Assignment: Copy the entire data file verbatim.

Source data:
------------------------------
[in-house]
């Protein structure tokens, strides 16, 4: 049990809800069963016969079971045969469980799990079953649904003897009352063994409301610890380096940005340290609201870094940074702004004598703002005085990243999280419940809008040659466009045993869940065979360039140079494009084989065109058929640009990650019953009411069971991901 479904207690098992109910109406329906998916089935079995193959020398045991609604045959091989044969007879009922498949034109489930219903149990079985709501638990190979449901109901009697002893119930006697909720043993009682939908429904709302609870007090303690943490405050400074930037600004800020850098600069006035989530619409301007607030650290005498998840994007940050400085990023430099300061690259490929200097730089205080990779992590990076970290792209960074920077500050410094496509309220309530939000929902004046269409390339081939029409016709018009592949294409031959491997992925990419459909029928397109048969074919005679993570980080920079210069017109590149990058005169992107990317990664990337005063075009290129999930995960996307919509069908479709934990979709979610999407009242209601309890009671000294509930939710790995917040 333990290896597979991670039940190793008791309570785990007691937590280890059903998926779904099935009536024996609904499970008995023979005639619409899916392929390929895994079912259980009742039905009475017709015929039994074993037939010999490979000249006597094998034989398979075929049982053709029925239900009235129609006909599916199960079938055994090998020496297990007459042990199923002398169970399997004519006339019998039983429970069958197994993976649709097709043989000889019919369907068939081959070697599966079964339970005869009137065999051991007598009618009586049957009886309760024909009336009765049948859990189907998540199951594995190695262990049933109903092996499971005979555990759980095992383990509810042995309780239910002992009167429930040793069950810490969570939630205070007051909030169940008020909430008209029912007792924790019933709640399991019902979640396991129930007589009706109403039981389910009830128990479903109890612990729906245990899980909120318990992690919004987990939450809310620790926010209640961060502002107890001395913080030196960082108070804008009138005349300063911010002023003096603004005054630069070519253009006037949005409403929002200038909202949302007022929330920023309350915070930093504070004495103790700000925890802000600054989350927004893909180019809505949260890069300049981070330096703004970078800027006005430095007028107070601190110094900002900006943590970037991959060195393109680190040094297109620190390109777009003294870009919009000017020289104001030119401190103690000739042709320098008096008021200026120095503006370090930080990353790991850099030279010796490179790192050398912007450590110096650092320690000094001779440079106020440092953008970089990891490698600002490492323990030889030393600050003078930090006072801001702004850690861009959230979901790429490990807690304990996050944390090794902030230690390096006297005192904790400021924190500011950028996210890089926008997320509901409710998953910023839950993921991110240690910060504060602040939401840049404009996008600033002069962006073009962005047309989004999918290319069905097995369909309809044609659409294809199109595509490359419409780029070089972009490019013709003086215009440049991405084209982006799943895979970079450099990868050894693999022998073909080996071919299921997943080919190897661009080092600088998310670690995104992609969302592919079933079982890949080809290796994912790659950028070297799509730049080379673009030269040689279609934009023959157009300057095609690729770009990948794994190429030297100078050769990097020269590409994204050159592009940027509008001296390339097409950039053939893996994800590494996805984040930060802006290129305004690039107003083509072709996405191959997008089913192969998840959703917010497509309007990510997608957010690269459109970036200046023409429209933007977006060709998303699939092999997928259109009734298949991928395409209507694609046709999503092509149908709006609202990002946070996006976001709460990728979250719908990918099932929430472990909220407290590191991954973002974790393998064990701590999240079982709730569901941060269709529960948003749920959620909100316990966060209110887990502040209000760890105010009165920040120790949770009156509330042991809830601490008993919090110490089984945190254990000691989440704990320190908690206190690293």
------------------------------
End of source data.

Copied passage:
[in-house]
């Protein structure tokens, strides 16, 4: 049990809800069963016969079971045969469980799990079953649904003897009352063994409301610890380096940005340290609201870094940074702004004598703002005085990243999280419940809008040659466009045993869940065979360039140079494009084989065109058929640009990650019953009411069971991901 479904207690098992109910109406329906998916089935079995193959020398045991609604045959091989044969007879009922498949034109489930219903149990079985709501638990190979449901109901009697002893119930006697909720043993009682939908429904709302609870007090303690943490405050400074930037600004800020850098600069006035989530619409301007607030650290005498998840994007940050400085990023430099300061690259490929200097730089205080990779992590990076970290792209960074920077500050410094496509309220309530939000929902004046269409390339081939029409016709018009592949294409031959491997992925990419459909029928397109048969074919005679993570980080920079210069017109590149990058005169992107990317990664990337005063075009290129999930995960996307919509069908479709934990979709979610999407009242209601309890009671000294509930939710790995917040 333990290896597979991670039940190793008791309570785990007691937590280890059903998926779904099935009536024996609904499970008995023979005639619409899916392929390929895994079912259980009742039905009475017709015929039994074993037939010999490979000249006597094998034989398979075929049982053709029925239900009235129609006909599916199960079938055994090998020496297990007459042990199923002398169970399997004519006339019998039983429970069958197994993976649709097709043989000889019919369907068939081959070697599966079964339970005869009137065999051991007598009618009586049957009886309760024909009336009765049948859990189907998540199951594995190695262990049933109903092996499971005979555990759980095992383990509810042995309780239910002992009167429930040793069950810490969570939630205070007051909030169940008020909430008209029912007792924790019933709640399991019902979640396991129930007589009706109403039981389910009830128990479903109890612990729906245990899980909120318990992690919004987990939450809310620790926010209640961060502002107890001395913080030196960082108070804008009138005349300063911010002023003096603004005054630069070519253009006037949005409403929002200038909202949302007022929330920023309350915070930093504070004495103790700000925890802000600054989350927004893909180019809505949260890069300049981070330096703004970078800027006005430095007028107070601190110094900002900006943590970037991959060195393109680190040094297109620190390109777009003294870009919009000017020289104001030119401190103690000739042709320098008096008021200026120095503006370090930080990353790991850099030279010796490179790192050398912007450590110096650092320690000094001779440079106020440092953008970089990891490698600002490492323990030889030393600050003078930090006072801001702004850690861009959230979901790429490990807690304990996050944390090794902030230690390096006297005192904790400021924190500011950028996210890089926008997320509901409710998953910023839950993921991110240690910060504060602040939401840049404009996008600033002069962006073009962005047309989004999918290319069905097995369909309809044609659409294809199109595509490359419409780029070089972009490019013709003086215009440049991405084209982006799943895979970079450099990868050894693999022998073909080996071919299921997943080919190897661009080092600088998310670690995104992609969302592919079933079982890949080809290796994912790659950028070297799509730049080379673009030269040689279609934009023959157009300057095609690729770009990948794994190429030297100078050769990097020269590409994204050159592009940027509008001296390339097409950039053939893996994800590494996805984040930060802006290129305004690039107003083509072709996405191959997008089913192969998840959703917010497509309007990510997608957010690269459109970036200046023409429209933007977006060709998303699939092999997928259109009734298949991928395409209507694609046709999503092509149908709006609202990002946070996006976001709460990728979250719908990918099932929430472990909220407290590191991954973002974790393998064990701590999240079982709730569901941060269709529960948003749920959620909100316990966060209110887990502040209000760890105010009165920040120790949770009156509330042991809830601490008993919090110490089984945190254990000691989440704990320190908690206190690293």